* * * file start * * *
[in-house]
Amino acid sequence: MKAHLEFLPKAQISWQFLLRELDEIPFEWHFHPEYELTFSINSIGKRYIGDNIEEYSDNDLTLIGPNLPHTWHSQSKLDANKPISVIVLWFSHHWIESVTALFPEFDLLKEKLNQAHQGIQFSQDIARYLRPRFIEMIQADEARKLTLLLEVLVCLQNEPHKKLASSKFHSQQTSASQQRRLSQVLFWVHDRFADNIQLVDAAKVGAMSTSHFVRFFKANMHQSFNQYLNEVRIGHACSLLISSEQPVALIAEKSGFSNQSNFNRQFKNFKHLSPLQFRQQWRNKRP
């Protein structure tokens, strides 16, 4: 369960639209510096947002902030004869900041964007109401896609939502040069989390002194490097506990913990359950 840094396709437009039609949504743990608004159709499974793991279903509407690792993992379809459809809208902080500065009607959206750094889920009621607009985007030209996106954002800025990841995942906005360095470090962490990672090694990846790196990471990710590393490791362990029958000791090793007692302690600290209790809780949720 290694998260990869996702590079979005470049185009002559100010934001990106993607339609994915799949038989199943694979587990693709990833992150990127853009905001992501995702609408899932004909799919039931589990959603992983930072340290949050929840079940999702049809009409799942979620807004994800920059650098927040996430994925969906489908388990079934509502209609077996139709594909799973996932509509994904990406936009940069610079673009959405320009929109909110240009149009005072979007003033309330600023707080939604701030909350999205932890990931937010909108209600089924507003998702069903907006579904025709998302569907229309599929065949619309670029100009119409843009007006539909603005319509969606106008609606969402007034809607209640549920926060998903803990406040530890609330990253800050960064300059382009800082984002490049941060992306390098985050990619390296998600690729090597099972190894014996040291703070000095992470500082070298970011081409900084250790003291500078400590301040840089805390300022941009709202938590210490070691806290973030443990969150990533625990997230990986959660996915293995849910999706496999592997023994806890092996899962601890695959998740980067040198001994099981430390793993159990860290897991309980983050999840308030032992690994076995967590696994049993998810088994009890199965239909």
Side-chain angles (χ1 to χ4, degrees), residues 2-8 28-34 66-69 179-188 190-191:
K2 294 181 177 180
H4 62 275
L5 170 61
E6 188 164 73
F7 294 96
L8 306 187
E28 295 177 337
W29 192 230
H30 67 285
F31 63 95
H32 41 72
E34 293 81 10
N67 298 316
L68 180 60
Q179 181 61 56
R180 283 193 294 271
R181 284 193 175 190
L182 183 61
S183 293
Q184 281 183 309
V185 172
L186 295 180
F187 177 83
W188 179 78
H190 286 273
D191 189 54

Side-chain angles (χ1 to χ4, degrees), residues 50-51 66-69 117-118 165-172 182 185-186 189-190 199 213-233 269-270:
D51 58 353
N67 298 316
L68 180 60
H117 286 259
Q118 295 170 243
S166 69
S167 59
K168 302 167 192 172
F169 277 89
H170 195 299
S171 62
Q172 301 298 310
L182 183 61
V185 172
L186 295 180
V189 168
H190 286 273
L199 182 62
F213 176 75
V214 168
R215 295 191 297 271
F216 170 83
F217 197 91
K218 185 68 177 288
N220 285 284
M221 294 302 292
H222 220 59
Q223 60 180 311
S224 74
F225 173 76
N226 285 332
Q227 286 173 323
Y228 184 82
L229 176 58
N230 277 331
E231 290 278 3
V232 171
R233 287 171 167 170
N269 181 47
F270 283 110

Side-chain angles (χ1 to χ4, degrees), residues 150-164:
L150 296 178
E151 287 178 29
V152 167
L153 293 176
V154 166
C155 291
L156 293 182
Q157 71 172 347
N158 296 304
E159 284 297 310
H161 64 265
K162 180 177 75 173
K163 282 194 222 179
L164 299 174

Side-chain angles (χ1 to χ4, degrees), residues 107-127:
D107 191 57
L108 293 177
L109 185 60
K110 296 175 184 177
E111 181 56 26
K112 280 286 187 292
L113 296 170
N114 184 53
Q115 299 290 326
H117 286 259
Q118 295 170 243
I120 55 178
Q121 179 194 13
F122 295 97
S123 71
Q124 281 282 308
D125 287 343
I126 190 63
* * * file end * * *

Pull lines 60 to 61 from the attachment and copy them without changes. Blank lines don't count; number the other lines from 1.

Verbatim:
S224 74
F225 173 76